The other day, my eight year old daughter showed me an app she had downloaded on our iPad mini. By facing the camera at her forehead, she can supposedly gauge the degree to which she has been “naughty” or “nice”.
The amusingly fake “metrics” it uses as part of its “algorithm” include things like “baths refused”, “tantrums”, “swear words”, and “school buses missed”.
As my daughter knows, children who are deemed “naughty” by Santa Claus, receive no gifts. A “naughty” judgment could be a potentially devastating blow, especially for a little girl who for the entire month of December eagerly anticipates the arrival of Christmas.
I was concerned she would take it seriously and be upset by any result less than “100% nice”. I was prepared to snatch the iPad out of her hands and immediately erase the app and slap a permanent ban on any future downloads of it by her.
Fortunately, that wasn’t necessary. She’s pretty savvy and aware for her age. She gets the joke.
But I couldn’t help but be just a wee bit curious. So I asked her to try it out on me.
She placed the iPad against my forehead, positioning the rear camera so it could — presumably — receive the signals which supposedly carry information revealing the inner workings of my mind.
After a few moments of “number crunching”, the app spat out its verdict:
I was amused.
And it got me thinking. What if there were an app that could determine whether someone was either “naughty”, “nice”, or somewhere in-between? How implausible is this idea, given how much data is stored about us?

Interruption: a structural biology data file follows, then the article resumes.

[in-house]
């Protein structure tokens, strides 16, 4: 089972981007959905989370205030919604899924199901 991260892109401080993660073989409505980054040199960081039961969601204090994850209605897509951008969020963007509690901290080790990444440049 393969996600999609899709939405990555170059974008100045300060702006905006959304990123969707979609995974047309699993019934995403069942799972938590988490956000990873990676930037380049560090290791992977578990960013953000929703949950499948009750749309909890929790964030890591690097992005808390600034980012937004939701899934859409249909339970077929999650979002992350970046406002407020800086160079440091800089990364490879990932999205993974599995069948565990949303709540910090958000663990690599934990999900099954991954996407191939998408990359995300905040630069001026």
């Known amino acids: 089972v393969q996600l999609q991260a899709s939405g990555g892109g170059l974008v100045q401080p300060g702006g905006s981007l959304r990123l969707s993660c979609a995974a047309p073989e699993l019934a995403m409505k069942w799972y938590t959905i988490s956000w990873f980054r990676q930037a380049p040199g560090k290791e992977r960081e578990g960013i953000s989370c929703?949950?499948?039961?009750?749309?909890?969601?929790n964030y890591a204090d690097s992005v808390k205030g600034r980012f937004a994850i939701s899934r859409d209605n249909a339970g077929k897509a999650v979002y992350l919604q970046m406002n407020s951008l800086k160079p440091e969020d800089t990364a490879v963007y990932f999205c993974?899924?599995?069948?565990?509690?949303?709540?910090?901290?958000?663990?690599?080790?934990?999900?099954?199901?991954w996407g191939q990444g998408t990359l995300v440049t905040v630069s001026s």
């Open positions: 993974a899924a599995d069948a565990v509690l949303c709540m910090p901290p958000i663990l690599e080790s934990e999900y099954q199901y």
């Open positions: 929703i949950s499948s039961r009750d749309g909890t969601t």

And how would such a number be used? Would it be like a credit score, which has the power to determine our creditworthiness, and therefore the interest rates that banks and credit card issuers charge us for borrowing their money?
As most of us know, our browsing data is already being mined extensively and used to deliver ads that are supposedly tailored to our interests.
I visited one site recently that featured a new cloud-based application that promises to build your website for you automatically, with just a few bits of general design and content guidance from you, and some artificial intelligence magic, provided by them. Since that single visit a couple weeks ago, I’ve been bombarded by ads for it, and on just about every site I visit.
This is not a new phenomenon. And it’s not likely to end anytime soon.
Just this week, Twitter followed the lead of Google and Facebook when it announced that it’s going to identify the other apps on your device so they can serve you more targeted ads.
We should expect to see more of this ahead. The debate over online privacy will continue to rage on.
In the meantime, I’ve reassured my daughter that Santa will definitely conclude that she’s been nice this year, which means she can expect to receive gifts from him. I’ve already emailed her wish list to him, and she has retained a hardcopy of the list in her “files” — just to be sure.
As for me? I’m going to try out the new, ad-free social network that promises not to sell my info to third parties: ello.
What concerns you the most about digital privacy? Or the lack thereof? I’d like to hear from you in the comments.